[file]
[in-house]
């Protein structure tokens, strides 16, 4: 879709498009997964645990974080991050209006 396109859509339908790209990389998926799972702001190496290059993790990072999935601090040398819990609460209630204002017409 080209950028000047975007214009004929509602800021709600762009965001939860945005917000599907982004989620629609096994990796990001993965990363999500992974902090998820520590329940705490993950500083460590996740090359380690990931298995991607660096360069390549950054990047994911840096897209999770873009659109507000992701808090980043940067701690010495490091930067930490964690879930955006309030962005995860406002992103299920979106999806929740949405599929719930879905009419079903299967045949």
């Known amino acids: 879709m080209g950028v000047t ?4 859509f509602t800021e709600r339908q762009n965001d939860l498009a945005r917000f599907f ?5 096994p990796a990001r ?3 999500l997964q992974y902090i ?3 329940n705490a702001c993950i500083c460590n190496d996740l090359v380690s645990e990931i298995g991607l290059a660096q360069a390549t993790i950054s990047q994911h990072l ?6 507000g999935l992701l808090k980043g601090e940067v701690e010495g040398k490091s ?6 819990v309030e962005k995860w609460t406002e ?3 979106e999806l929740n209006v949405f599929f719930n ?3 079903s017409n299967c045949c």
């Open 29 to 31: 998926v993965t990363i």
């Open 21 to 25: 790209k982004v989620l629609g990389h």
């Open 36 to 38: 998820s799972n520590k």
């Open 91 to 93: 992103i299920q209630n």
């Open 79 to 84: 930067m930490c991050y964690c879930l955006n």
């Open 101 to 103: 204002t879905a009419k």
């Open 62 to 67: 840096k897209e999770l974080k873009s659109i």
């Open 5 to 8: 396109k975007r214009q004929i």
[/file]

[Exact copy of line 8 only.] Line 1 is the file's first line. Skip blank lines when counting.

């Open 79 to 84: 930067m930490c991050y964690c879930l955006n």